• NIV is apparently an option in the early stages. Shallow mechanically impaired breaths lead to atelectasis, and NIV can reverse this process to some degree
  • High-flow nasal prongs may provide some protection.
  • As spasticity of the chest wall muscles progresses, the chest wall becomes rigid and respiratory mechanics improve; maximum inspiratory effort may recover to about 60% of predicted pre-injury levels.

Mechanical ventilation

  • Dependence on this may last until after discharge. The family should be aware of this.
  • A fair proportion of patients with injuries below C4 can eventually be weaned, but it may take up to 2 weeks before this process can begin.
  • Denervation of most of the body's muscles will likely decrease the total CO2 production; the demand on ventilation will reflect this.

Secretion control

  • Pneumonia is a leading cause of death in the spinal cord injury population; VAP is very common
  • Poor secretion clearance due to poor cough is the main problem.

Circulatory

Vasodilated shock

  • This is due to sympathetic tone failure (neurogenic shock)
  • One typically manages this with fluids, at least intially
  • Unfortunately, this is an attempt to increase blood pressure by relying on increasing stroke volume by increasing preload; therefore there may come a point where further increases in preload will be fruitless
  • Noradrenaline is the drug of choice at this stage.

Bradycardia

  • This is due to unopposed parasympathetic tone in the sinus node, leading to sinus bradycardia.
  • Apparently, the first 14 days after the injury are the worst.

Haemodynamic areflexia

  • These patients will be very sensitive to changes in volume, as they are unable to adjust their cardiac output or smooth muscle tone in response to changes in circulating volume.

Definitive management

Surgical decompression

Surgical stabilisation

  • The bones are broken, and must be surgically reduced.
  • It is unclear when the best time to operate might be. Do you leave it for a little while, or do you operate immediately?
  • Arguments for early stabilisation are largely from convenience; nursing care is simpler with a stable spine.
  • Some evidence exists that polytrauma patients benefit (or at least, aren't harmed by) early open reduction of spinal fractures.
  • Some evidence also exists that in unstable polytrauma patients, estensive spinal surgery should be delayed (as the perioperative morbidity is increased)

Corticosteroids?

  • For a time, on the basis of the NASCIS and NASCIS II trials everybody adopted the early use of methylprednisone.
  • These days, it has gone out of fashion, and is no longer recommended. In fact various eminent neurosurgical societies have issued statements against their use.

Endocrine and environmental

Monitoring of electrolytes

  • There are several electrolyte disturbances to be expected:
    • Hyponatremia (SIADH)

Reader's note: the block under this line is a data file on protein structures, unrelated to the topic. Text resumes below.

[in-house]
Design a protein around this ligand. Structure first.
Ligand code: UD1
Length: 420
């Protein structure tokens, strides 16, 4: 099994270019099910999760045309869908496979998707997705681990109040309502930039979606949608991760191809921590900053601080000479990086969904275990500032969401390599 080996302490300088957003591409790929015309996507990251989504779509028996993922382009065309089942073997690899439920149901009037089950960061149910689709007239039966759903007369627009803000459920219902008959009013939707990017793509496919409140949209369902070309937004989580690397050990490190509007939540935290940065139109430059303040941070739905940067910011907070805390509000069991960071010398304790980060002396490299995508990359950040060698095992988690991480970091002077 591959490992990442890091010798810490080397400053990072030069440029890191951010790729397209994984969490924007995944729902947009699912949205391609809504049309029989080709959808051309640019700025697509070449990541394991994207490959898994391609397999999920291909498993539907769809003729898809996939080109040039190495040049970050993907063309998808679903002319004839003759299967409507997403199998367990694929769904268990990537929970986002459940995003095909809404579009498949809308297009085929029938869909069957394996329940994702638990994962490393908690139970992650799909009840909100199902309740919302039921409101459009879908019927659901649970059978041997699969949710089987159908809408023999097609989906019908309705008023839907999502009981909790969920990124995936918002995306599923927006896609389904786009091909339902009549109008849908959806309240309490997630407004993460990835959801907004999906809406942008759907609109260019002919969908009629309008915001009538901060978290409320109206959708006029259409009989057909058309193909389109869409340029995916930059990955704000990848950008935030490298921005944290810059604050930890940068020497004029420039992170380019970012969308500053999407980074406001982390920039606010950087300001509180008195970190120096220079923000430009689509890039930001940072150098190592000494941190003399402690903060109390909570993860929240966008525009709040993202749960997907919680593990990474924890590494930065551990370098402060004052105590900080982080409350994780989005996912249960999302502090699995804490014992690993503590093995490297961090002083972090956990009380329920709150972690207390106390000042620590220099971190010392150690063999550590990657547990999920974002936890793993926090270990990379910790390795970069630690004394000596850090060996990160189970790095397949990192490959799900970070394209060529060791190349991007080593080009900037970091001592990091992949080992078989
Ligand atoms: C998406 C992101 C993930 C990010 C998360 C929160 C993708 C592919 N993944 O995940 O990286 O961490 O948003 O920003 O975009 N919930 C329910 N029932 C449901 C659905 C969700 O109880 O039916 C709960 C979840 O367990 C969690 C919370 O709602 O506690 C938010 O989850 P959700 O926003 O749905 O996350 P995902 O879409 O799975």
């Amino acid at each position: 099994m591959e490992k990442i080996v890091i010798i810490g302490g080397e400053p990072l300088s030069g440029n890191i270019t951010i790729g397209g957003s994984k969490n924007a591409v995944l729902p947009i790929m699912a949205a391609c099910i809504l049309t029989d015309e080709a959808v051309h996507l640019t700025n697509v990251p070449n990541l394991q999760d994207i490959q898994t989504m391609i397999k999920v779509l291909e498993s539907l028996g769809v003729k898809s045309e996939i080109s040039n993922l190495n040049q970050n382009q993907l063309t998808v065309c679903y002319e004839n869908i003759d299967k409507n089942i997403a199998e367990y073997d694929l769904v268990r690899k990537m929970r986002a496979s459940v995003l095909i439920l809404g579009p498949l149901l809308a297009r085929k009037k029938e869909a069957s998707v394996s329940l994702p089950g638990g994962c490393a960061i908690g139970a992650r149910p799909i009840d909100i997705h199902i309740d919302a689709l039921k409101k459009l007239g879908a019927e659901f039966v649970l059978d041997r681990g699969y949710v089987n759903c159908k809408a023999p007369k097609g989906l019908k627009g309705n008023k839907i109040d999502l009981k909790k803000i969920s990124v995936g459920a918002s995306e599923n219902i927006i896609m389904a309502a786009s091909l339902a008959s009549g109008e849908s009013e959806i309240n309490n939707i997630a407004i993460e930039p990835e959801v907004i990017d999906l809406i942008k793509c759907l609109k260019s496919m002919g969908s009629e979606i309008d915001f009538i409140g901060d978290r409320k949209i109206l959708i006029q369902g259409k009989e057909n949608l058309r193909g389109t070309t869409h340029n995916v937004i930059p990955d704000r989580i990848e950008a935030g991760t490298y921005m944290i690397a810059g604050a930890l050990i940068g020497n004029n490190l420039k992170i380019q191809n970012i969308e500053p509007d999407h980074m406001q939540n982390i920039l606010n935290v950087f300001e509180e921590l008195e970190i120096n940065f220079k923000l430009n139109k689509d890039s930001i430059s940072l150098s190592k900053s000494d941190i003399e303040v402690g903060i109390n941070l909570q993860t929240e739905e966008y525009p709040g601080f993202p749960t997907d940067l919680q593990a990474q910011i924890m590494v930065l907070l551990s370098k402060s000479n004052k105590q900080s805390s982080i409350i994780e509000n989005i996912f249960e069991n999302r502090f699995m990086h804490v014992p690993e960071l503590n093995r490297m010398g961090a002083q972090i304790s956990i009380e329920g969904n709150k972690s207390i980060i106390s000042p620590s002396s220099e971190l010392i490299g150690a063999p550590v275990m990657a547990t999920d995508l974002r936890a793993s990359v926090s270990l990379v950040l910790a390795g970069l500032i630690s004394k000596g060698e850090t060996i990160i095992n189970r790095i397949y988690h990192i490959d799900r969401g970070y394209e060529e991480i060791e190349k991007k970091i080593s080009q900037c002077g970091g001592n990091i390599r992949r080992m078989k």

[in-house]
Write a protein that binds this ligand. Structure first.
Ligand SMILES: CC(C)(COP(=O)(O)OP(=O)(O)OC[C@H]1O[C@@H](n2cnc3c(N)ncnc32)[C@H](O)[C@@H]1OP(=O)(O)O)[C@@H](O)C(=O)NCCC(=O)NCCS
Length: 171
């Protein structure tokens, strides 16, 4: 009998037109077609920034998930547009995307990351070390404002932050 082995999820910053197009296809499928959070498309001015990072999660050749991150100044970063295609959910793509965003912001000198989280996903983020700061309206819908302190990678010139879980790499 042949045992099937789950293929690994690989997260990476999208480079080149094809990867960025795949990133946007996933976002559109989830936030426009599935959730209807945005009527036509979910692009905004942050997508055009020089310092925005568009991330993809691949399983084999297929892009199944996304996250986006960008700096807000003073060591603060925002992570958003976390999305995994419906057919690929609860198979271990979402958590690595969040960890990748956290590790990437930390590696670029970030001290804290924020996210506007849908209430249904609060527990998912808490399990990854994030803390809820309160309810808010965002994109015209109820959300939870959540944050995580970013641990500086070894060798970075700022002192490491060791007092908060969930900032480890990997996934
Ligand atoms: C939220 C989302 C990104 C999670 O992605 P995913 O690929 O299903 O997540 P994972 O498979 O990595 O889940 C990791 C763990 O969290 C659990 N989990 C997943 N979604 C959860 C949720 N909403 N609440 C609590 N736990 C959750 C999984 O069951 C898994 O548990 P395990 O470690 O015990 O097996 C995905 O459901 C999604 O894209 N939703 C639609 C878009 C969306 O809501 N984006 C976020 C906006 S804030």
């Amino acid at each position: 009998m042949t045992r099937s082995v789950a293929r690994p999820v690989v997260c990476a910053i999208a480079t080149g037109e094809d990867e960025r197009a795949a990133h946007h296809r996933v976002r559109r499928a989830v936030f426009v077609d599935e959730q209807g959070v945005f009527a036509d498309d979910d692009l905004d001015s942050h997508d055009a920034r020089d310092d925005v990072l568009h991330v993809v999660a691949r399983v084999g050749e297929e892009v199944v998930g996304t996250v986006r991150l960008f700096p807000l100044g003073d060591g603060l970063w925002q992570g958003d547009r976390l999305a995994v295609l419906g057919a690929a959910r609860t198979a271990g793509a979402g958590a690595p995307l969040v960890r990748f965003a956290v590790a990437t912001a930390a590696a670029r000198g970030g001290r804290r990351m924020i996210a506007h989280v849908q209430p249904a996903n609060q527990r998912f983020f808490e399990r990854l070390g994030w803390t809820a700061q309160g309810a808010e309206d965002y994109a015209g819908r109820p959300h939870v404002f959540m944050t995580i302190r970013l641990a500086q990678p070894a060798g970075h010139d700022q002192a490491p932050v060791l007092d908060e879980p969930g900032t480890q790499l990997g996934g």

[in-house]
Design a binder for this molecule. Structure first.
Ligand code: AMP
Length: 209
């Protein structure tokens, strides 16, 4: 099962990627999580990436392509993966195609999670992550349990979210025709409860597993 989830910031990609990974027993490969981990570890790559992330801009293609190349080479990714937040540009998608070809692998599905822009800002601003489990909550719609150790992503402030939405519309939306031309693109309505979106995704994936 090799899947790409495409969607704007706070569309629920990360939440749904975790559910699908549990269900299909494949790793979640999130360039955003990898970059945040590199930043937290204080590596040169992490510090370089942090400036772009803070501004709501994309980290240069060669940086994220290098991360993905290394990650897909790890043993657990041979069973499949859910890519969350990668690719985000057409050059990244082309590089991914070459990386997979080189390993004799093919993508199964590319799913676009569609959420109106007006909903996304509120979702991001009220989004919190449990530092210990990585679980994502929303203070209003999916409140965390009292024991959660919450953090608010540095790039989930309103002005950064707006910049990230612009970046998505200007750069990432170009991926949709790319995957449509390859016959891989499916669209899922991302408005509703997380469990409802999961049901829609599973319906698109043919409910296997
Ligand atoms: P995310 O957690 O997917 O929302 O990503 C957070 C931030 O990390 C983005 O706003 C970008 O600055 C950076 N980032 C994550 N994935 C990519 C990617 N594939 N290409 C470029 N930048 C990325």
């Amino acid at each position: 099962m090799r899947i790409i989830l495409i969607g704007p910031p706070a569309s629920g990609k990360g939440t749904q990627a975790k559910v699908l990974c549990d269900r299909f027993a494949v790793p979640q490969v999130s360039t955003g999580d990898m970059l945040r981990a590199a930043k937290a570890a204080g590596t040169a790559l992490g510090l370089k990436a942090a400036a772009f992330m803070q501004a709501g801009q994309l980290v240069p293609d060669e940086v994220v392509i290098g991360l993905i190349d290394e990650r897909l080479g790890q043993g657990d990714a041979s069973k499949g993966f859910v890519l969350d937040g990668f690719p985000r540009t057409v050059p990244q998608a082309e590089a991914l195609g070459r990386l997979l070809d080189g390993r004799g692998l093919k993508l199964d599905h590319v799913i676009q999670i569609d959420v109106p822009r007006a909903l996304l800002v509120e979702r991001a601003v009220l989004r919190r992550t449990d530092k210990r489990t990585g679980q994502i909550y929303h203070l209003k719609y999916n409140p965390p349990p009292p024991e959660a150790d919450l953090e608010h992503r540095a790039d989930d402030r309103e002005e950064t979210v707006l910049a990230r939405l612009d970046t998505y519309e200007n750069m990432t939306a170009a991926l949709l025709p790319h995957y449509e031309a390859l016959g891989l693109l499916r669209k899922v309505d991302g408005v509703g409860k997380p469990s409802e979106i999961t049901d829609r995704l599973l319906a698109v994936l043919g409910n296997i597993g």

• Hypercalcemia (osteoporotic resorption)
    • Hyperaldosternoism and hypokalemia

Management of diabetes

  • Insulin resistance develops due to inactivity, muscle wasting and adiposity.
  • Diet may require adjustment (see below).
  • Sympathetic response to hypoglycaemia is abolished; there will be no warning of severe hypoglycaemia.

Temperature control

  • Quadriplegic patients are unable to use cutaneous blood flow to self-regulate their body temeprature
  • Careful attention is required to prevent hypothermia

Renal / urinary

Neurogenic bladder

  • Needless to say, these people need catheters to empty their bladder. Hydronephrosis will result from overdistension otherwise (it will fill to ~150% capacity before the denervated sphincters will release the urine).
  • Botox may be the answer to this.

Renal calculi

  • Hypercalcemia of dissolving bone scan give rise to renal calculi. These will not be apparent until the patient or carer are alerted to their presence by gross haematuria.

Pyelonephritis

  • Presence of calculi and catheters gives rise to chronic urinary tract colonisation and frequent infections.
  • Generally, pyuria merits antibiotic therapy, but prophylaxis seems excessive and will probably lead to the development of resistance.

Gastrointestinal

Acute gastric dilatation amd the "body cast syndrome"

  • Gastric emptying is impaired because of a loss of sympathetic control of autonomic reflexes.
  • A dilated stomach and a lax lower oesophageal sphincter are a recipe for aspiration.
  • An NG tube for decompression is one option.
  • A post-pyloric nasoduodenal tube for feeding is another option.

Ileus

  • Intestinal oedema due to pooling of blood, opiate analgesia as well as lost control of evacuation. All are going to cause ileus.
  • Lots of rehabilitative strategies are available, such as regular enemas, stool softeners, digital rectal stimulation etc.

Stress ulceration

  • A common complication early in the process
  • Largely due to unopposed vagal stimulation of the stomach secretory functions
  • Greatest risk of gastric ulceration is between the fourth and tenth day after the spinal injury.
  • Later, risk of perforated ulcer revers to population average
  • Ergo, a brief course of PPI is indicated.

FASTHUG issues

Feeding

  • Early protein intake should be high (~ 2g/kg/day) in polytrauma patients
  • Subsequenetly, worsening insulin resistance may merit a low-carbohydrate diet.

Thromboprophylaxis

  • The risk is greatly increased not just from immobility but the whole polytrauma setting.
  • In the first 72 hours, that risk is lower; one can safely withold heparin during that time.
  • Mechanical devices are insufficient prophylaxis on their own
  • Standard twice-a-day heparin doses are also apparently not good enough
  • Low molecular weight heparin is apparently the recommended choice of agent
  • Prophylaxis should continue for a minimum of 8 weeks